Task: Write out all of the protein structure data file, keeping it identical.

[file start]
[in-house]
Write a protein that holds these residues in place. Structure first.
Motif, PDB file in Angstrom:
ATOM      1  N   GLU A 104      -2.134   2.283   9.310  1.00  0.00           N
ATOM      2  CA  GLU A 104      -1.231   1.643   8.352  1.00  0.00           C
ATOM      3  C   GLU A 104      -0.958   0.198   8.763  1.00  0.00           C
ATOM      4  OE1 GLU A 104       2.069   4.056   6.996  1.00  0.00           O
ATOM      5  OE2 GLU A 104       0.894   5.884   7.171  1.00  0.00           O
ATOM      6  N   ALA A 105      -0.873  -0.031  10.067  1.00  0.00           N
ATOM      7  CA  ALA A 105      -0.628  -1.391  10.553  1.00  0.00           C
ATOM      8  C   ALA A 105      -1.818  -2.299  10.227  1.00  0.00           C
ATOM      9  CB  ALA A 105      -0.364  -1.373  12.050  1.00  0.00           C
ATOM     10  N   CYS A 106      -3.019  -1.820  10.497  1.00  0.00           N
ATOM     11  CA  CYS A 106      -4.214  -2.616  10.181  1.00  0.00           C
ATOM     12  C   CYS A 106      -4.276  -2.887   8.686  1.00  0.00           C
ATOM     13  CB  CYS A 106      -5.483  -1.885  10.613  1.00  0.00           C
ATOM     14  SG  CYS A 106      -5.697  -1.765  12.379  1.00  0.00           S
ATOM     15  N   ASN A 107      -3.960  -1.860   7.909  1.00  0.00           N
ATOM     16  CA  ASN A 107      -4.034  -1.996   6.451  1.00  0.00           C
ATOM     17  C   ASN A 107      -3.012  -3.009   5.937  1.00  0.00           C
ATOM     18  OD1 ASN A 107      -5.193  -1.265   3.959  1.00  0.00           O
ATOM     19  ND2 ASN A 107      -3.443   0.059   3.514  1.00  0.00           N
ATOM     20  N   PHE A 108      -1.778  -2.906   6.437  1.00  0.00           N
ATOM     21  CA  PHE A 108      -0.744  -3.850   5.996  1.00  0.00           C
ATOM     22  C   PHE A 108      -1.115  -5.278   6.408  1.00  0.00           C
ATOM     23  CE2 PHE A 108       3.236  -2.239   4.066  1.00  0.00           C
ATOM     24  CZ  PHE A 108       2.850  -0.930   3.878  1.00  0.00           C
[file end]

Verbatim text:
[in-house]
Write a protein that holds these residues in place. Structure first.
Motif, PDB file in Angstrom:
ATOM      1  N   GLU A 104      -2.134   2.283   9.310  1.00  0.00           N
ATOM      2  CA  GLU A 104      -1.231   1.643   8.352  1.00  0.00           C
ATOM      3  C   GLU A 104      -0.958   0.198   8.763  1.00  0.00           C
ATOM      4  OE1 GLU A 104       2.069   4.056   6.996  1.00  0.00           O
ATOM      5  OE2 GLU A 104       0.894   5.884   7.171  1.00  0.00           O
ATOM      6  N   ALA A 105      -0.873  -0.031  10.067  1.00  0.00           N
ATOM      7  CA  ALA A 105      -0.628  -1.391  10.553  1.00  0.00           C
ATOM      8  C   ALA A 105      -1.818  -2.299  10.227  1.00  0.00           C
ATOM      9  CB  ALA A 105      -0.364  -1.373  12.050  1.00  0.00           C
ATOM     10  N   CYS A 106      -3.019  -1.820  10.497  1.00  0.00           N
ATOM     11  CA  CYS A 106      -4.214  -2.616  10.181  1.00  0.00           C
ATOM     12  C   CYS A 106      -4.276  -2.887   8.686  1.00  0.00           C
ATOM     13  CB  CYS A 106      -5.483  -1.885  10.613  1.00  0.00           C
ATOM     14  SG  CYS A 106      -5.697  -1.765  12.379  1.00  0.00           S
ATOM     15  N   ASN A 107      -3.960  -1.860   7.909  1.00  0.00           N
ATOM     16  CA  ASN A 107      -4.034  -1.996   6.451  1.00  0.00           C
ATOM     17  C   ASN A 107      -3.012  -3.009   5.937  1.00  0.00           C
ATOM     18  OD1 ASN A 107      -5.193  -1.265   3.959  1.00  0.00           O
ATOM     19  ND2 ASN A 107      -3.443   0.059   3.514  1.00  0.00           N
ATOM     20  N   PHE A 108      -1.778  -2.906   6.437  1.00  0.00           N
ATOM     21  CA  PHE A 108      -0.744  -3.850   5.996  1.00  0.00           C
ATOM     22  C   PHE A 108      -1.115  -5.278   6.408  1.00  0.00           C
ATOM     23  CE2 PHE A 108       3.236  -2.239   4.066  1.00  0.00           C
ATOM     24  CZ  PHE A 108       2.850  -0.930   3.878  1.00  0.00           C